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Government fails to pay MPs


The Speaker of the House of Assembly Lovemore Moyo has written to President Robert Mugabe seeking a review of conditions of service for MPs amid reports that they have never been paid sitting allowances since assuming office in 2008.

Moyo revealed this when he officially opened Parliament’s Liaison and Coordination Committee two-day retreat on Friday. He said MPs were owed over $400 000 in unpaid allowances prompting them to accuse government of “sabotage”.

“I must say that amongst many issues dealt with at last year’s retreat, matters pertaining to conditions of service of MPs and staff were at the forefront,” he said.

“As presiding officers we have written to His Excellency the President advising of the need to review remuneration of MPs and their attendant conditions of service. We have also taken the staff concerns to the Standing Rules and Orders Committee (SROC) where adjustments have been discussed and agreed pending the availability of resources. We remain committed to pursuing the conditions of service issues until they are resolved.”

In an interview, Moyo explained that MPs were getting $400 per month as salaries but have not been receiving other benefits such as travel and subsistence allowances as well as sitting allowances since 2008 when they were sworn into Parliament.

“They are not being paid for the wear and tear of their vehicles and are not getting sitting allowances,” he said. “We have recommended to President Mugabe that MPs should be given sitting allowances of $70 per sitting, be it in Parliament or at committee meetings.”

Speaking at the same occasion, one of the MPs, Paddy Zhanda, lamented the marginalisation of MPs by the Executive. He said MPs were now “subsidising government” as they were pursuing parliamentary duties using their own funds.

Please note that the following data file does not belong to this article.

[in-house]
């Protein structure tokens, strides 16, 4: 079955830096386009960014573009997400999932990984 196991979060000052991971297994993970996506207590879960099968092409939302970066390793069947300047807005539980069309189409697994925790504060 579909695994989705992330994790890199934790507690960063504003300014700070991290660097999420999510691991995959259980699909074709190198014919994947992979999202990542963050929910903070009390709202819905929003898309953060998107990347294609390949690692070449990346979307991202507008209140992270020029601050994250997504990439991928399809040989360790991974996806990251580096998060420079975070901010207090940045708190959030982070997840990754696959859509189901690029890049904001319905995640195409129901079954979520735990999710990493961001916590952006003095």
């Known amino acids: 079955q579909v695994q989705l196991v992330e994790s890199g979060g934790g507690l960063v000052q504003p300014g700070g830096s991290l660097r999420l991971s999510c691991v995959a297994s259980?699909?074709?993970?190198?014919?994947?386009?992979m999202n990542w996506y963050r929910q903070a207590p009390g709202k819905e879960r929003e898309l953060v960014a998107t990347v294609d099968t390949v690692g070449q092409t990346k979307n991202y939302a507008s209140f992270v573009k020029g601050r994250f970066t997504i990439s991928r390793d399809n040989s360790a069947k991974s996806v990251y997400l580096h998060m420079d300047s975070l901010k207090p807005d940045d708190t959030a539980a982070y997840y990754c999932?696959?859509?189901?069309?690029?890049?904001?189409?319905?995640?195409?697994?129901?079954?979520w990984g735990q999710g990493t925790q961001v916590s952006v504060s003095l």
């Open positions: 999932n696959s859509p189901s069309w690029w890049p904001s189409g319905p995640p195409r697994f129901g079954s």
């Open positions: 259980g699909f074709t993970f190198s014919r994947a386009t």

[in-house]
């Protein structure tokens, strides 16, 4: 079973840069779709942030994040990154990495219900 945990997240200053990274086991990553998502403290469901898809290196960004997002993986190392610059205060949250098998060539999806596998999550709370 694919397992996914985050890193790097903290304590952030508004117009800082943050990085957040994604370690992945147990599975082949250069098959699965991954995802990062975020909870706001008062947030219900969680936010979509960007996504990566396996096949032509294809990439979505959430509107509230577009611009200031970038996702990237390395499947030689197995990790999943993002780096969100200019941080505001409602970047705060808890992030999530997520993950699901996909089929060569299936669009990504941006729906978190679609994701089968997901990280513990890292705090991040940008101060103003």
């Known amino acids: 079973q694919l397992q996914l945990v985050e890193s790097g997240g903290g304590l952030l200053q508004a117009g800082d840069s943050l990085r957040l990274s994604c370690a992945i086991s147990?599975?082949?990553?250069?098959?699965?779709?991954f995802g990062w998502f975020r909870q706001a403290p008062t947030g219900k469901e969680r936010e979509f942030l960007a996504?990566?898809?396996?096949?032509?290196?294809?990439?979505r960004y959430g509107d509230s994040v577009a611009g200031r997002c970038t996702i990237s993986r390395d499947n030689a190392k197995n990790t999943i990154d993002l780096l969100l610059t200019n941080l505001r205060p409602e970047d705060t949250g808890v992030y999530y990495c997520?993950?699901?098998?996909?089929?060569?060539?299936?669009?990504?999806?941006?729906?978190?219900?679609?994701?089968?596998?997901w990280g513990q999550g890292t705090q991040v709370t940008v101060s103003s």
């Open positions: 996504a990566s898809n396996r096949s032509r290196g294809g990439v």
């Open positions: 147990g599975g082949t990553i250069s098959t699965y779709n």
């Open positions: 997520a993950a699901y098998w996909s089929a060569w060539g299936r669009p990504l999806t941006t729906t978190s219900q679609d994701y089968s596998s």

“Zimbabwean MPs have lost their dignity,” fumed Zhanda. “When we travel to meetings in the region our counterparts say, ‘Don’t worry we will pay for your drinks because we know that Zimbabwean MPs are poorly paid”’.

“MPs in Kenya, for instance, receive salaries and allowances of up to $16 000 per month,” Zhanda said.

In response to concerns by the Clerk of Parliament Austin Zvoma that some portfolio committees made “ridiculous” requests for trips outside the country.

“By making requests of astronomical amounts for such trips they would be hoping to make money through allowances,” said Zhanda.

The MPs, including Moyo, also queried the composition of the SROC which they said had too many government representatives.

Government officials in SROC include Vice President Joice Mujuru, the Minister of Constitutional and Parliamentary Affairs Eric Matinenga and the Minister of Industry and International Trade Welshman Ncube.

Moyo said the ministers would obviously defend government interests during SROC meetings instead of advancing the interests of Parliament.

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